Tuesday, March 28, 2023

Death From Above: The Birds at 60

Released 60 years ago today, on March 28th, 1963, the enduring greatness of Alfred Hitchcock's The Birds lies foremost in its still impressive technical proficiency. This is a movie that would be largely accomplished via CGI today but in 1963, aside from working with actual birds in many scenes (including the brutal final assault on Tippi Hedren), Hitchcock had to call upon on an array of practical techniques - ranging from prop birds made from papier-mache (mechanical birds proved to be unusable) to matte paintings (courtesy of the famed Albert Whitlock) to optical effects (supervised by former Disney animator Ub Iwerks, who performed such tricks as optically multiplying the number of birds in a scene through double, triple and quadruple printing shots) - in order to portray its avian terrors. It may have lost the Oscar for Best Visual Effects to Cleopatra but it's the FX of The Birds that still retain the ability to dazzle. 

Beyond its technical virtuosity, the power of The Birds lies in its enduring ambiguity, This is a vision of the end of the world that resists easy interpretation. Not only did Hitchcock and screenwriter Evan Hunter refuse to provide an explanation for the bird attacks (although Hitchcock did say to Cinefantastique magazine in a 1976 interview that rabies was the cause in his mind, equating the birds' behavior to that of information he read of rabies-affected bats in Carlsbad Caverns in New Mexico) but it's a film that resists metaphorical interpretation as well. What the birds might represent in The Birds remains anyone's guess, even six decades later. 

Are they supposed to echo modern fears of nuclear destruction, symbolizing "death from above?" I think that's a hard case to make, which is probably why few have seriously tried to. Unlike many other films from that era, The Birds is a movie that has remained immune from that sort of glib atomic age reading. Whether or not director Don Siegel intended the pod people of 1956's Invasion of the Body Snatchers to be seen as a metaphor for the Red Scare of the '50s and the creeping paranoia of McCarthyism, that didn't stop critics from perceiving that message in his film. But The Birds has steadfastly resisted allegorical interpretations. It's the end of the world but with no overt comment on what it all means.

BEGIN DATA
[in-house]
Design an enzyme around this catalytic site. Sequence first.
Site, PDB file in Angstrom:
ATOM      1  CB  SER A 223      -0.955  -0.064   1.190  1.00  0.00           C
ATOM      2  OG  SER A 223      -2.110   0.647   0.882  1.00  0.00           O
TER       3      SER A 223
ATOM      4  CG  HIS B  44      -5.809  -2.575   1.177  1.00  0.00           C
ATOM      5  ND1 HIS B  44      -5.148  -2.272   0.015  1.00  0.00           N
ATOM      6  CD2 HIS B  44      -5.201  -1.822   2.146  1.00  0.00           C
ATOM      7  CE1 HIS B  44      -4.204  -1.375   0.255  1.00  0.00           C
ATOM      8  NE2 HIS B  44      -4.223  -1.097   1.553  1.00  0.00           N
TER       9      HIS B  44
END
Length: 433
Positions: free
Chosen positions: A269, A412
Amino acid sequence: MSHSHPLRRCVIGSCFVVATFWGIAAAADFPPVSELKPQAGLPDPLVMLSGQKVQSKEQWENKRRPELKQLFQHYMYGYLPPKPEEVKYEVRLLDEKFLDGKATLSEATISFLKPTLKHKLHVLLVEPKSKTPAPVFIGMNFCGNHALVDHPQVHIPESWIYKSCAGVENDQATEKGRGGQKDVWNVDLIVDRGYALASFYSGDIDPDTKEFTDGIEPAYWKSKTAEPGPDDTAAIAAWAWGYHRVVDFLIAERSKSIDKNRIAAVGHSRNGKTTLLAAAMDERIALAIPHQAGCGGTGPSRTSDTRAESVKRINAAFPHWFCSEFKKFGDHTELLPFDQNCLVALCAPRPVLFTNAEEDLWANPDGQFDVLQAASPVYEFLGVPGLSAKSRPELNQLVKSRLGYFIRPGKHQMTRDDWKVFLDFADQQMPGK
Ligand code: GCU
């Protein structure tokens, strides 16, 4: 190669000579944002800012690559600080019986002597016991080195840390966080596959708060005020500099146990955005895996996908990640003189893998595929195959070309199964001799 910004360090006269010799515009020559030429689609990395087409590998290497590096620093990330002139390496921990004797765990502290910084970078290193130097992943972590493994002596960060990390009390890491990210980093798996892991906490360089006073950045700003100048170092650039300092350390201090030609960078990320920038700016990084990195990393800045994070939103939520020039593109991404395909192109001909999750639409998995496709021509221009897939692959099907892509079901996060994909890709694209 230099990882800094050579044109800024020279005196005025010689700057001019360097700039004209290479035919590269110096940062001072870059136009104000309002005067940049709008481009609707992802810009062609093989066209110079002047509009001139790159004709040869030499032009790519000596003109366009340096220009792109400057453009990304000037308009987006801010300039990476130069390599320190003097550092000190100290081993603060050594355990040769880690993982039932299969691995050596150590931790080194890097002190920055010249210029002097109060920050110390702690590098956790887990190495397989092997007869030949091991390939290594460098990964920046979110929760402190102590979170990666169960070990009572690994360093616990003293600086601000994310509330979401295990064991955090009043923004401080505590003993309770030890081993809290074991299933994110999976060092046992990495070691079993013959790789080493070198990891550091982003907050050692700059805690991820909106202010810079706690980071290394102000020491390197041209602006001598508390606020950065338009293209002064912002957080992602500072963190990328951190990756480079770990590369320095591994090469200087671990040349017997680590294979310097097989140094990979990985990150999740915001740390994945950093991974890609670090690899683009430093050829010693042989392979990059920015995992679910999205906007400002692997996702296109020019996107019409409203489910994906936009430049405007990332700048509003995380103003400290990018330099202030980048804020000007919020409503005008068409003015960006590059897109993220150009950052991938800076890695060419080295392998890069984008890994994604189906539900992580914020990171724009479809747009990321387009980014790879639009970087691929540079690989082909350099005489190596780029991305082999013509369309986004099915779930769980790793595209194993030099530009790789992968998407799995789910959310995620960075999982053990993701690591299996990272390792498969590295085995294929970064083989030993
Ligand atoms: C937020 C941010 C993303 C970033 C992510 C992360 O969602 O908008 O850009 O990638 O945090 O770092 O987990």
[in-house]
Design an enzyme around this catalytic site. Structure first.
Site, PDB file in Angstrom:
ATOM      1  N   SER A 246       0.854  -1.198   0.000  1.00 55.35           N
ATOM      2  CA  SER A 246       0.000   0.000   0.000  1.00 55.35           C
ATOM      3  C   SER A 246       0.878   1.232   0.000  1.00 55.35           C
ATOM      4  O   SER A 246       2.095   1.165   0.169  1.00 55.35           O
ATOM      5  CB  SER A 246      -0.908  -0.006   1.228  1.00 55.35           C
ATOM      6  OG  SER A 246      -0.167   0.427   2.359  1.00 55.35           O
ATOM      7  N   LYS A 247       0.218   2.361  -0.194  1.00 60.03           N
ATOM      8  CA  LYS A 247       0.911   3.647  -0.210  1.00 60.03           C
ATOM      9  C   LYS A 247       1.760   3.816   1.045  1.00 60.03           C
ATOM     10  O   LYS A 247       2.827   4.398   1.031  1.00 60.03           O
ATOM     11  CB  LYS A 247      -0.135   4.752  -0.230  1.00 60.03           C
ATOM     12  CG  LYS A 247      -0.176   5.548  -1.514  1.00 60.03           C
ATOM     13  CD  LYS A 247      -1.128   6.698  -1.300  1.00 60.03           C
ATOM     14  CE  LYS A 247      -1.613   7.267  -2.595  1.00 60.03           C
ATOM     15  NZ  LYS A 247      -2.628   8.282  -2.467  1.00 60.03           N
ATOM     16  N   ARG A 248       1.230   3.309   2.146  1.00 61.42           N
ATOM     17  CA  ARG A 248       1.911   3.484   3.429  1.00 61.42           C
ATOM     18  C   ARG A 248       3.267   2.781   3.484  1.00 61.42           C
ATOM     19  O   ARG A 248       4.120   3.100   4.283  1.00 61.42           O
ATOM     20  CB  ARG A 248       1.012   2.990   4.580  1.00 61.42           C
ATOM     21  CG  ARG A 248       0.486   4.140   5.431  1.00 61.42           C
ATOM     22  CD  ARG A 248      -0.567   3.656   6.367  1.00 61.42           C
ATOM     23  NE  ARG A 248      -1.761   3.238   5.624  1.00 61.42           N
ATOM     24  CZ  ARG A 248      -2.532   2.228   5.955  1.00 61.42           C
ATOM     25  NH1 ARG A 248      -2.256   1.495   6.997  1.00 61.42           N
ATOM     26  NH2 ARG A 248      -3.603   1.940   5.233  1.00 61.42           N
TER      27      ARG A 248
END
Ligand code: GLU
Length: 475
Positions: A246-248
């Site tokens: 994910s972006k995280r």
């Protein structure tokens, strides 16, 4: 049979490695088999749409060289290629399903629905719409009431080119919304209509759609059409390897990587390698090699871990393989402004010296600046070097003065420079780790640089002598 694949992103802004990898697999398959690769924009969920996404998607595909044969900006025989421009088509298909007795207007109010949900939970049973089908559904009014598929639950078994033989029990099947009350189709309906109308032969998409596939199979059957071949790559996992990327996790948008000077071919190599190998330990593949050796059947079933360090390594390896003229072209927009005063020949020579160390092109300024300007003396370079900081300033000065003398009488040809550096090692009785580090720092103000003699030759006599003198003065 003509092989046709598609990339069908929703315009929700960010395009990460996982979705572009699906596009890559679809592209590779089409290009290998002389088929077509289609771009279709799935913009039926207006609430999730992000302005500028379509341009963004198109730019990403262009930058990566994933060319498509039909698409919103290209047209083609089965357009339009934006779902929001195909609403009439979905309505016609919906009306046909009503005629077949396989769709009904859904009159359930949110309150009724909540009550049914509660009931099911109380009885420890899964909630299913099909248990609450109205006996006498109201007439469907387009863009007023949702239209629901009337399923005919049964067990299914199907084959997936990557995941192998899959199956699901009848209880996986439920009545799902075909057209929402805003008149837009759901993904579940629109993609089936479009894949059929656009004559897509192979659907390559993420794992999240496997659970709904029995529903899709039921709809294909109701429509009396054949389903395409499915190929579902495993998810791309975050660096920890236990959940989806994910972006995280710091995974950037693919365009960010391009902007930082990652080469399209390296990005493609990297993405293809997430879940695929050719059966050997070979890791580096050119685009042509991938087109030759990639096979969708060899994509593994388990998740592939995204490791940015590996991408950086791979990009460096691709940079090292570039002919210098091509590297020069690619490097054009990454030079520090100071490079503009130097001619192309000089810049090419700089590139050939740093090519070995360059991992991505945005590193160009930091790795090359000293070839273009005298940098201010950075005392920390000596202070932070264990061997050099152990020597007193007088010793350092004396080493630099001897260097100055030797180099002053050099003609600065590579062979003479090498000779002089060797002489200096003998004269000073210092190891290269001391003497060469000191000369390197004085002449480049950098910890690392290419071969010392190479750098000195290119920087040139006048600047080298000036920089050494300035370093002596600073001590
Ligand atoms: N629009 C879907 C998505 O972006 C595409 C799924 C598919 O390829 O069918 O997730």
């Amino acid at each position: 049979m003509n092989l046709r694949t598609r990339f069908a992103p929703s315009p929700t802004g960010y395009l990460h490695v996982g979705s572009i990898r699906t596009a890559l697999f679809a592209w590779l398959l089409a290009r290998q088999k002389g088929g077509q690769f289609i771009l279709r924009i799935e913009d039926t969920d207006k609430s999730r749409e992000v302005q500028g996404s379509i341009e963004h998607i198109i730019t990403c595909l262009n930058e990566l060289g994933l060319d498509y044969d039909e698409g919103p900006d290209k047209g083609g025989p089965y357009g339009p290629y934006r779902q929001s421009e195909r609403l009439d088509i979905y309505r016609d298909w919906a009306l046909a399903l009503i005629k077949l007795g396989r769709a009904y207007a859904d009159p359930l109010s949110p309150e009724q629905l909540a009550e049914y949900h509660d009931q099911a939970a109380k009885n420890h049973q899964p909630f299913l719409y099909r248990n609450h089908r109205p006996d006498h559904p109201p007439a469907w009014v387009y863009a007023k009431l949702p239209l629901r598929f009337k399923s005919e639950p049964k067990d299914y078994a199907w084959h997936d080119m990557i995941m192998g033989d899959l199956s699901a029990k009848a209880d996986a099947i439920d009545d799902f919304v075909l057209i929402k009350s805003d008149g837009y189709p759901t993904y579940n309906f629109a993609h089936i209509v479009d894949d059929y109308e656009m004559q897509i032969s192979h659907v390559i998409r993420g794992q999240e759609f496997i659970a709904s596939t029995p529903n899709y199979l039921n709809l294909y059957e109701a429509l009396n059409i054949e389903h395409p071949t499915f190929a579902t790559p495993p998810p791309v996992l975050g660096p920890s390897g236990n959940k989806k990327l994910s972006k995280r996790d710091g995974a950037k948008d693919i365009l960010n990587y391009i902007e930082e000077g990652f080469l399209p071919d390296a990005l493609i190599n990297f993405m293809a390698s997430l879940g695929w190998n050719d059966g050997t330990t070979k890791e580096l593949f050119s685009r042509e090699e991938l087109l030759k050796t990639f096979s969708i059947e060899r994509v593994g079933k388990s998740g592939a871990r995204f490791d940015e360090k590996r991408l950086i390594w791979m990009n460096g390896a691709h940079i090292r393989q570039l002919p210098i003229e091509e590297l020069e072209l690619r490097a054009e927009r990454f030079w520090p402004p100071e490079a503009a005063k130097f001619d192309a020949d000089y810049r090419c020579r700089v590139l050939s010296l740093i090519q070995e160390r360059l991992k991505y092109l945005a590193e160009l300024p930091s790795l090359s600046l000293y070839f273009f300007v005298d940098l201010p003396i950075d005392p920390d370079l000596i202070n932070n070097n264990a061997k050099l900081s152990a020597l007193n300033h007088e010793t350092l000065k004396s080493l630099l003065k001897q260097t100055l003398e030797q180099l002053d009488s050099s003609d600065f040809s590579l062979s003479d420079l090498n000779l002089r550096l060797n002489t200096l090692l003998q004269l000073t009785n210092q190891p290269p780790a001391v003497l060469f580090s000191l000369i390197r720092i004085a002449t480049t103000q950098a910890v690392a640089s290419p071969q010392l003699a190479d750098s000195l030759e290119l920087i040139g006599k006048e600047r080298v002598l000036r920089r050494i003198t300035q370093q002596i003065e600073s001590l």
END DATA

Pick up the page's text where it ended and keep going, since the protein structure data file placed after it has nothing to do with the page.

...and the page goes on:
Nearly every nature gone amok/eco-horror film that was inspired by The Birds - everything from Frogs (1972) to Kingdom of the Spiders (1977) - felt obliged to provide some sort of ecological rationalization for the natural world turning against man. But Hitchcock believed that such prosaic explanations were, well, for the birds. The why of what's happening doesn't matter. It only matters that it is happening. The Birds is pure cinema, a series of unprecedented technical challenges that Hitchcock posed for himself to overcome.